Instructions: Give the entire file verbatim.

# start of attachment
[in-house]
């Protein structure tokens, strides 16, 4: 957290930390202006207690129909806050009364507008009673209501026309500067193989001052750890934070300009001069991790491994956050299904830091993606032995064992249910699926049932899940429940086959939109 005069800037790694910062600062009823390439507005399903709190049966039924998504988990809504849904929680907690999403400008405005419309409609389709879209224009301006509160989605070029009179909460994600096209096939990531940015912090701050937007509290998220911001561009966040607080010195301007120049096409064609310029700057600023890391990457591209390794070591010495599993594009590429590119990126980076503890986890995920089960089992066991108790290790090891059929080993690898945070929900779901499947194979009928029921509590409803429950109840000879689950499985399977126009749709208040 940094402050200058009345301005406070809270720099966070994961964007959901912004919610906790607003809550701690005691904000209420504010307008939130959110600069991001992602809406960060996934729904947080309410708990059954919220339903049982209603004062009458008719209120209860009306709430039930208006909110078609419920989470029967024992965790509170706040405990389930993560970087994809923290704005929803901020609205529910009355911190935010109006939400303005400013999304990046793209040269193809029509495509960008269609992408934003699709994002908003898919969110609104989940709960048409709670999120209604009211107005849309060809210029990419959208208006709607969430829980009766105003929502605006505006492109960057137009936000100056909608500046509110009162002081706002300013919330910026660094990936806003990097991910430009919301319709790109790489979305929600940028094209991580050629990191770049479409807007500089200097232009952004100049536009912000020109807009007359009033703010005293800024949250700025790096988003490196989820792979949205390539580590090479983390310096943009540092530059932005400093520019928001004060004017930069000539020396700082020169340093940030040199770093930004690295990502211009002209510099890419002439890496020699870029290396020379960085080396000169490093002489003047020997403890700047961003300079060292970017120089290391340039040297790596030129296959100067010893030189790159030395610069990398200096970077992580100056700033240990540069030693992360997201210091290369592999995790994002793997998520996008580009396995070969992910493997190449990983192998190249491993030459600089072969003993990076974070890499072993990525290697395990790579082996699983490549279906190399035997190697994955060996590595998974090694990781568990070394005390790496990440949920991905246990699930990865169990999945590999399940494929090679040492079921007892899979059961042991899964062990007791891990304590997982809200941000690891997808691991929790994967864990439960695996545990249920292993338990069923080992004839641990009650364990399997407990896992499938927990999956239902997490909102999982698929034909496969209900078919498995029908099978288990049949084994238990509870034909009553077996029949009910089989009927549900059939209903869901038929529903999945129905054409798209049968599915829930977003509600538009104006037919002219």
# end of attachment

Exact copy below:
[in-house]
């Protein structure tokens, strides 16, 4: 957290930390202006207690129909806050009364507008009673209501026309500067193989001052750890934070300009001069991790491994956050299904830091993606032995064992249910699926049932899940429940086959939109 005069800037790694910062600062009823390439507005399903709190049966039924998504988990809504849904929680907690999403400008405005419309409609389709879209224009301006509160989605070029009179909460994600096209096939990531940015912090701050937007509290998220911001561009966040607080010195301007120049096409064609310029700057600023890391990457591209390794070591010495599993594009590429590119990126980076503890986890995920089960089992066991108790290790090891059929080993690898945070929900779901499947194979009928029921509590409803429950109840000879689950499985399977126009749709208040 940094402050200058009345301005406070809270720099966070994961964007959901912004919610906790607003809550701690005691904000209420504010307008939130959110600069991001992602809406960060996934729904947080309410708990059954919220339903049982209603004062009458008719209120209860009306709430039930208006909110078609419920989470029967024992965790509170706040405990389930993560970087994809923290704005929803901020609205529910009355911190935010109006939400303005400013999304990046793209040269193809029509495509960008269609992408934003699709994002908003898919969110609104989940709960048409709670999120209604009211107005849309060809210029990419959208208006709607969430829980009766105003929502605006505006492109960057137009936000100056909608500046509110009162002081706002300013919330910026660094990936806003990097991910430009919301319709790109790489979305929600940028094209991580050629990191770049479409807007500089200097232009952004100049536009912000020109807009007359009033703010005293800024949250700025790096988003490196989820792979949205390539580590090479983390310096943009540092530059932005400093520019928001004060004017930069000539020396700082020169340093940030040199770093930004690295990502211009002209510099890419002439890496020699870029290396020379960085080396000169490093002489003047020997403890700047961003300079060292970017120089290391340039040297790596030129296959100067010893030189790159030395610069990398200096970077992580100056700033240990540069030693992360997201210091290369592999995790994002793997998520996008580009396995070969992910493997190449990983192998190249491993030459600089072969003993990076974070890499072993990525290697395990790579082996699983490549279906190399035997190697994955060996590595998974090694990781568990070394005390790496990440949920991905246990699930990865169990999945590999399940494929090679040492079921007892899979059961042991899964062990007791891990304590997982809200941000690891997808691991929790994967864990439960695996545990249920292993338990069923080992004839641990009650364990399997407990896992499938927990999956239902997490909102999982698929034909496969209900078919498995029908099978288990049949084994238990509870034909009553077996029949009910089989009927549900059939209903869901038929529903999945129905054409798209049968599915829930977003509600538009104006037919002219």